Uganda: Transit camp set up for refugees from Congo

Publié: 18 juillet 2013 14:11 CET

By Uganda Red Cross Society

He could not afford to leave his goat behind. Clad in a pink shirt, this Democratic Republic of the Congo native crossed the border into Uganda carrying his precious cargo on his back. He is among the 66,139 Congolese refugees who have crossed into Uganda since 11 July, fleeing violence in their home state of Kamango.

He is not the only one to carry that which means most to him. Many of the refugees appeared to carry everything they owned, arriving in Bundibugyo loaded down with food, charcoal, clothes, domestic animals, saucepans, and bedding, uncertain of when they would return home.

“Some settled in primary schools, however, there is not enough space for everyone, so many families are camped outside under the trees and exposed to the elements,” said Catherine Ntabbade, Head of Communications, Uganda Red Cross Society.

The Red Cross deployed its national disaster response team, sending 50 volunteers to support operations at a transit camp which has now been set up in Bubukwanga sub-county, 26 kilometres from the border. A further 50 volunteers remain on standby.

Among the families now settled at the centre, some children can play, but others have sad faces. “We have trained five Red Cross volunteers to provide psychosocial support,” says Ntabbade. “These children have been through so much over the past week, uprooted from their homes. We need to help them work through that.” So far, 20 children – 4 girls and 16 boys – have arrived unaccompanied and efforts are now underway to reunite them with their families.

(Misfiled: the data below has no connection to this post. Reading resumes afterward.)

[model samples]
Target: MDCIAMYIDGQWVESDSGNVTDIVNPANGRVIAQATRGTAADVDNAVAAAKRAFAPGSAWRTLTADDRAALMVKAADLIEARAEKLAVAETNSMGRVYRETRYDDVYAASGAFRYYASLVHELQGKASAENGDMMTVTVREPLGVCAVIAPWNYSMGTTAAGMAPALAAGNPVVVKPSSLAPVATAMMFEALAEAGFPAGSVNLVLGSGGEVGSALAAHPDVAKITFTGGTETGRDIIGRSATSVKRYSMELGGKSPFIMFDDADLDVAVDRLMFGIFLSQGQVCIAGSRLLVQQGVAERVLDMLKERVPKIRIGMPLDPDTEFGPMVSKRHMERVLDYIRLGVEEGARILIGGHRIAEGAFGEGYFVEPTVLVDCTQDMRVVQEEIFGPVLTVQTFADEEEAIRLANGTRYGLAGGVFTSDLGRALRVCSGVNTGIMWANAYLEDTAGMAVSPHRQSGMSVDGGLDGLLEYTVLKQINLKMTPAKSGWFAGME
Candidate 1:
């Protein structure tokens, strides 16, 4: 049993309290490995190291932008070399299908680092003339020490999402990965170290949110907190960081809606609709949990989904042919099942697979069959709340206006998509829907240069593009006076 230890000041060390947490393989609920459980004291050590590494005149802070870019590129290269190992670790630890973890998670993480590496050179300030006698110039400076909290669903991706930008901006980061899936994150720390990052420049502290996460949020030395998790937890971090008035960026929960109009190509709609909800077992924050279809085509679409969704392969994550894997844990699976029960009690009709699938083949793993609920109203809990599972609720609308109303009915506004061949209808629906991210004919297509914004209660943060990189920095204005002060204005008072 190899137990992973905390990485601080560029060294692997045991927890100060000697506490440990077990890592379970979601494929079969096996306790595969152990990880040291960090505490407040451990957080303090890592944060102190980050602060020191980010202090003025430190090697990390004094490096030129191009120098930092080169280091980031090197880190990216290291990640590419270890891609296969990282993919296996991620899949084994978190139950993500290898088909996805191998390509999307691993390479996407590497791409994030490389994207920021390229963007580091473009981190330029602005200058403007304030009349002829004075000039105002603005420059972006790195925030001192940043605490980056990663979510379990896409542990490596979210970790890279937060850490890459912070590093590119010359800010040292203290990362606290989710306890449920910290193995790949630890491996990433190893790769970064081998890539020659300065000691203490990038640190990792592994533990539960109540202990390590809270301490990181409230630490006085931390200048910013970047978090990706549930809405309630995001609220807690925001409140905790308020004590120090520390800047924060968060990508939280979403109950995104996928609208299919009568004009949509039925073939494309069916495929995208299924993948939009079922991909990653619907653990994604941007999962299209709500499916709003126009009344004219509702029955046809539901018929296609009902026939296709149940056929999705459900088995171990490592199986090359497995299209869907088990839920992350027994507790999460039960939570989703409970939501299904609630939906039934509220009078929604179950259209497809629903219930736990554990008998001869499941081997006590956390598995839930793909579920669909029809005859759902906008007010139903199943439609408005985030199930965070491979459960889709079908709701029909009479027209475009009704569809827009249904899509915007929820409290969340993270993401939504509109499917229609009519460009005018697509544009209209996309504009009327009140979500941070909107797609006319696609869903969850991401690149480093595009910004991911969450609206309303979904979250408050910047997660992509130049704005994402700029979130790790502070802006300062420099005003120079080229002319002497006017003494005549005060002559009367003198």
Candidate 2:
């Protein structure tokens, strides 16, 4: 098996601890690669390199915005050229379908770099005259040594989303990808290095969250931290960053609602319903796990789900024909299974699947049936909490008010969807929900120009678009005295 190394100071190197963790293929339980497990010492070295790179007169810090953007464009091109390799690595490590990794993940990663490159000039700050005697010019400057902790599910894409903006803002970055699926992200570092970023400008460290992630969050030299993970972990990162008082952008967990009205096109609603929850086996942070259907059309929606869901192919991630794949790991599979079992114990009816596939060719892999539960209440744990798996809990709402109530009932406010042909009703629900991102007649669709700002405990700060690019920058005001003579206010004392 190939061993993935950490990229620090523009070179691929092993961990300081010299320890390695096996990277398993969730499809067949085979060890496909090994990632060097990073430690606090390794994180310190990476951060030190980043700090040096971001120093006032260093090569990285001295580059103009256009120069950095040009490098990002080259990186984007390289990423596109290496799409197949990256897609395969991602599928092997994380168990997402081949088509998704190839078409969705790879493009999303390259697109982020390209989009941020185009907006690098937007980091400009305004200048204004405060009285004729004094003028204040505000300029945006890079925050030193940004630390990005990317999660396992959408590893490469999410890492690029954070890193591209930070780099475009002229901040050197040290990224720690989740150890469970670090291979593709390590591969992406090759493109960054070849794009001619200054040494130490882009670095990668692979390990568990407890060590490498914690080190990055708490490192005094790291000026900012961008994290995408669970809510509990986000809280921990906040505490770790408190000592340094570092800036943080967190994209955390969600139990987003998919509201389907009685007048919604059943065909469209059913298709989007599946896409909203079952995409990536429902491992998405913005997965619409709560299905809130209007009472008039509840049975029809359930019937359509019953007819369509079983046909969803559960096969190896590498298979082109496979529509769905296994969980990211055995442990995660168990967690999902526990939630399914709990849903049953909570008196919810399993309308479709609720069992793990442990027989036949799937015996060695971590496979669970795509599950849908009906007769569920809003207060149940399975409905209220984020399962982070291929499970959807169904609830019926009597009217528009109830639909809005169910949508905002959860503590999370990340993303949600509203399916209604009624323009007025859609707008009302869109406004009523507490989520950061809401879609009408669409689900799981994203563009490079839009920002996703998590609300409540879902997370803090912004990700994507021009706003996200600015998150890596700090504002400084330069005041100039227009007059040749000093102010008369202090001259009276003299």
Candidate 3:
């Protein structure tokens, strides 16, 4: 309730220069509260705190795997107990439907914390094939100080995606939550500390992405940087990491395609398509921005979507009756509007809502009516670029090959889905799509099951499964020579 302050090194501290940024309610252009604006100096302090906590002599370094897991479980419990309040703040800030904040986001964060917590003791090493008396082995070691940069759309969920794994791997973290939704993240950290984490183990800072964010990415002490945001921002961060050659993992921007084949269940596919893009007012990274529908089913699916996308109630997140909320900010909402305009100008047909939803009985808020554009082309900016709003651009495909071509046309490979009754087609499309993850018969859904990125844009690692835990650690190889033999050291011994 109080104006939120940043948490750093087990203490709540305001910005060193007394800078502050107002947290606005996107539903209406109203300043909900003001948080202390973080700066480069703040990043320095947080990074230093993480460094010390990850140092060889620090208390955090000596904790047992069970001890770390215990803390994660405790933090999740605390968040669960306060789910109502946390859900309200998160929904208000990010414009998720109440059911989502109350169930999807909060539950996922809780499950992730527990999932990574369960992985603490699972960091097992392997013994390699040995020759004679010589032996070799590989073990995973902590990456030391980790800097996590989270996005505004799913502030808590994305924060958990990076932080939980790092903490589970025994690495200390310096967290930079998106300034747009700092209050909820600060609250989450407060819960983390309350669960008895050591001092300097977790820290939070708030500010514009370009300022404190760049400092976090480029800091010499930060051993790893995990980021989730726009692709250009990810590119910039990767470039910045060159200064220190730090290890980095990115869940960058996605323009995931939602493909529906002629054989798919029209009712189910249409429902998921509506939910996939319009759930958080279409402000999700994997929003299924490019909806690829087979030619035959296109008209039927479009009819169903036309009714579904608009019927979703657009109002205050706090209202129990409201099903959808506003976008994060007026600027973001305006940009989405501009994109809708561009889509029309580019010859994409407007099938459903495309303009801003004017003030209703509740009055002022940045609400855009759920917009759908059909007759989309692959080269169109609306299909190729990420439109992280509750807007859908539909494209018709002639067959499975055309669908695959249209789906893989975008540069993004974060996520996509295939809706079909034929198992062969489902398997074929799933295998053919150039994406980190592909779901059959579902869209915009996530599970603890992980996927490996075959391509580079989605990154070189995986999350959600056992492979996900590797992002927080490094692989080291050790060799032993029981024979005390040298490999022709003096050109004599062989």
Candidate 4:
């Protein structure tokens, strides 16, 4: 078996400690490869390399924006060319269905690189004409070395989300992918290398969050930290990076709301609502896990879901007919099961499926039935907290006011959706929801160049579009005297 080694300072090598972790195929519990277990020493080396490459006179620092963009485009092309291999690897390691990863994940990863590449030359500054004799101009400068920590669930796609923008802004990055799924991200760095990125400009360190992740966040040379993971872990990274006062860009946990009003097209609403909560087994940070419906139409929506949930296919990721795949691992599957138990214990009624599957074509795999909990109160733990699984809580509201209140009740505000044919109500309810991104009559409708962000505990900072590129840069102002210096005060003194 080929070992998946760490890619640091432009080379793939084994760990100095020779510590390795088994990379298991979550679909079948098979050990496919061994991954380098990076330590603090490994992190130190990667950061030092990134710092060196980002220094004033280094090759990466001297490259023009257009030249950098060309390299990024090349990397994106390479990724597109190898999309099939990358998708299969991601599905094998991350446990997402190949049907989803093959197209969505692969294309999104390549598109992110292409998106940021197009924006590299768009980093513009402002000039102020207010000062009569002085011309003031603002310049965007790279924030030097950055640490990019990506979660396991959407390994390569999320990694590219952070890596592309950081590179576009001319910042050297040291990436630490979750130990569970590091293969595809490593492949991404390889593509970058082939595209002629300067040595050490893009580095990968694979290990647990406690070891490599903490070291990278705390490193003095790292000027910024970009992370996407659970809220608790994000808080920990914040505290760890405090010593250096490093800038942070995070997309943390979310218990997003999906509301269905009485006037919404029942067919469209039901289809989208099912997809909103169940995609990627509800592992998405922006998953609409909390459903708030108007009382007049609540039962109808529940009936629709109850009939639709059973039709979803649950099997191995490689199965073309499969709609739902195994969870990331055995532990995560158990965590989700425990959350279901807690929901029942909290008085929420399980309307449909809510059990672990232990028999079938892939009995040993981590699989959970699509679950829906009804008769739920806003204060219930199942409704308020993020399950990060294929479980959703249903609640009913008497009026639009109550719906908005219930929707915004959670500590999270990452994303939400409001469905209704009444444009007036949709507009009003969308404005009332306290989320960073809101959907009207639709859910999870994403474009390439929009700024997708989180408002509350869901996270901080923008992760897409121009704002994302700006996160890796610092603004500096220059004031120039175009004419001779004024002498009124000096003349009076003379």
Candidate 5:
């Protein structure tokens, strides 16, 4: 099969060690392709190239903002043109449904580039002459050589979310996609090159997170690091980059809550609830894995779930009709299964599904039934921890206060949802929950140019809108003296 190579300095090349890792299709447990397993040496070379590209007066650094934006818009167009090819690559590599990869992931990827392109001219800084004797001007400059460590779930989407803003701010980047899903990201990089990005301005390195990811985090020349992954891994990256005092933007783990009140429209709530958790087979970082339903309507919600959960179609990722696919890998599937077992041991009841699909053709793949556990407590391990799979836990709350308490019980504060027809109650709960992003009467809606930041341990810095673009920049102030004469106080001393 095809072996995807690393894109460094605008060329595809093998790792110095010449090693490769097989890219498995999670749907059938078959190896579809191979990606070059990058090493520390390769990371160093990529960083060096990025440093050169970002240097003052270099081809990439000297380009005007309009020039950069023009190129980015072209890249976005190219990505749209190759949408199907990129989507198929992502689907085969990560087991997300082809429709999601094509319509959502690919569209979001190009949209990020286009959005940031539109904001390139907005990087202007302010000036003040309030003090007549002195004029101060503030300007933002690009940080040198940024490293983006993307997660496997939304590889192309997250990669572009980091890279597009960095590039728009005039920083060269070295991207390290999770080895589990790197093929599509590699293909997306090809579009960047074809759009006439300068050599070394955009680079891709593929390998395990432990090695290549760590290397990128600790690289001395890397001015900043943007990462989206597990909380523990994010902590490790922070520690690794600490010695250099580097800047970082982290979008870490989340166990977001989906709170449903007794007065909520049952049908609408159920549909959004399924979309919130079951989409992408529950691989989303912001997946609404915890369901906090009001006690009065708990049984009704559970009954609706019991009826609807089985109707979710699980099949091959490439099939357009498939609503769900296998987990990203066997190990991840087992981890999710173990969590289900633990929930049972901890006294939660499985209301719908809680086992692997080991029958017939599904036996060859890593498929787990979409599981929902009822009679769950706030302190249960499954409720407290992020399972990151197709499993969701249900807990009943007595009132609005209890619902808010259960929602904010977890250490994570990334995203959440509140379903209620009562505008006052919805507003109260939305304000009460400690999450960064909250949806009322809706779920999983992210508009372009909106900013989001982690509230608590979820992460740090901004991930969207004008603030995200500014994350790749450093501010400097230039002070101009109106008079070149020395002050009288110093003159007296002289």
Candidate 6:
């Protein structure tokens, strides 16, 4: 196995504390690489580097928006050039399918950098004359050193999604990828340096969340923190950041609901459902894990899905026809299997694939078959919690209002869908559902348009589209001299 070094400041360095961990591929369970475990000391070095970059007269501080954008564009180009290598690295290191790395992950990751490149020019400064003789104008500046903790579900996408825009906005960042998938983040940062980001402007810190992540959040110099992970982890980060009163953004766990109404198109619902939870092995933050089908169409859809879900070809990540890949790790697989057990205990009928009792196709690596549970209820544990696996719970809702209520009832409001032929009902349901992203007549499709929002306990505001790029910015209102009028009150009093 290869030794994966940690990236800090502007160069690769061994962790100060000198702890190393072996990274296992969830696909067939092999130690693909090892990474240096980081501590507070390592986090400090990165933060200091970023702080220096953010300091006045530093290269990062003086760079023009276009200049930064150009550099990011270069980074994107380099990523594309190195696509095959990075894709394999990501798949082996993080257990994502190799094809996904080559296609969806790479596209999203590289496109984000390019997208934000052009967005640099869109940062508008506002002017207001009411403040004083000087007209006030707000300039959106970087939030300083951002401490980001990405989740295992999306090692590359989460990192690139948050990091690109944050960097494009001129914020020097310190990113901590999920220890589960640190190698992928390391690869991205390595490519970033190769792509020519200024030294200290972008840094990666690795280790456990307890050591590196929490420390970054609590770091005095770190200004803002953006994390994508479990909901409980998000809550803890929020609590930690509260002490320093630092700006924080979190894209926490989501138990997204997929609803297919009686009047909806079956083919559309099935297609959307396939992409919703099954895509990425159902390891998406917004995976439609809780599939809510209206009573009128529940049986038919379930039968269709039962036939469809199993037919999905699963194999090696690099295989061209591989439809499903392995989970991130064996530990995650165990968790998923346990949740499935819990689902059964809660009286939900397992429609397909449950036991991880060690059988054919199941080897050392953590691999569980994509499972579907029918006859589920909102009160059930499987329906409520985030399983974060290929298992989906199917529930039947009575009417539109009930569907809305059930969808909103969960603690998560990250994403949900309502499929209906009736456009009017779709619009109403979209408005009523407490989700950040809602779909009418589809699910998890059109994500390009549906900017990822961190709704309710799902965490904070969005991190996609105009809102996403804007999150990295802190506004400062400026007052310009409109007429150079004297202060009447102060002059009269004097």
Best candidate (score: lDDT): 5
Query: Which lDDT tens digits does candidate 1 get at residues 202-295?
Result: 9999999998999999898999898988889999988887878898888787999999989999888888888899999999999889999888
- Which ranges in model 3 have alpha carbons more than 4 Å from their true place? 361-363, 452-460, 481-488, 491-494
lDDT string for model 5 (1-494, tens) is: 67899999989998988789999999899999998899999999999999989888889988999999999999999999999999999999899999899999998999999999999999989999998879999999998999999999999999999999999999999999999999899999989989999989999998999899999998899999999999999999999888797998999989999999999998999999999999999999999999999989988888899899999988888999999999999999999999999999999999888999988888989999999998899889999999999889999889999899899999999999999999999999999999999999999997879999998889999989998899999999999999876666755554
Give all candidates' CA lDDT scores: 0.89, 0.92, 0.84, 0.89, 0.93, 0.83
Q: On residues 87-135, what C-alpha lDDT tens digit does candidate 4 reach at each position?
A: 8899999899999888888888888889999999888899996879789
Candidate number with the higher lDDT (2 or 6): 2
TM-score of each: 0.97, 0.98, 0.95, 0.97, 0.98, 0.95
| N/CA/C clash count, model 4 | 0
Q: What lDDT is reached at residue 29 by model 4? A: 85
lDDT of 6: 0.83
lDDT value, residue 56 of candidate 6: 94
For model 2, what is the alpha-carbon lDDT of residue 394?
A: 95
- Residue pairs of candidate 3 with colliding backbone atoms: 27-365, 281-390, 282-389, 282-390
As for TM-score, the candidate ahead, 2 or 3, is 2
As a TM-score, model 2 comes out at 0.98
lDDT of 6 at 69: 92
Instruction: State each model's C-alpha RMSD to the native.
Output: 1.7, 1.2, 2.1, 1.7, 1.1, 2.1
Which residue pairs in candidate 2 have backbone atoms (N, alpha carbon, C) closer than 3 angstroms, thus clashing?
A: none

“Managing 66,139 people is a big challenge,” says Michael Richard Nataka, Secretary General, of the Uganda Red Cross Society. “But with the support and combined efforts of several partners, we are in a position to handle the situation.” Those partners include the Government of Uganda, Oxfam and several UN agencies, including UNHCR and World Food Programme.

Relief aid has started trickling in. The National Society is using pre-positioned items such as tents, mosquito nets, blankets and cooking sets, and has sent them to the affected region. But the needs remain immense. There is an immediate need for food, and access to clean water and health care. 9,240 refugees have been identified as needing special medical attention, including 8,040 children under five, and 200 pregnant women.

Access to clean water is limited, as infrastructure has been overwhelmed. Refugees are resorting to using untreated water from streams and wells, resulting in a high risk of waterborne diseases. The Red Cross is working closely with the World Food Programme to support urgent food needs, and has dispatched medical supplies, including 36,000 water purification sachets, to the area.

For the refugee with the pink shirt and the goat carried on his back, his current living conditions are not ideal, but, they are a lot safer than his home.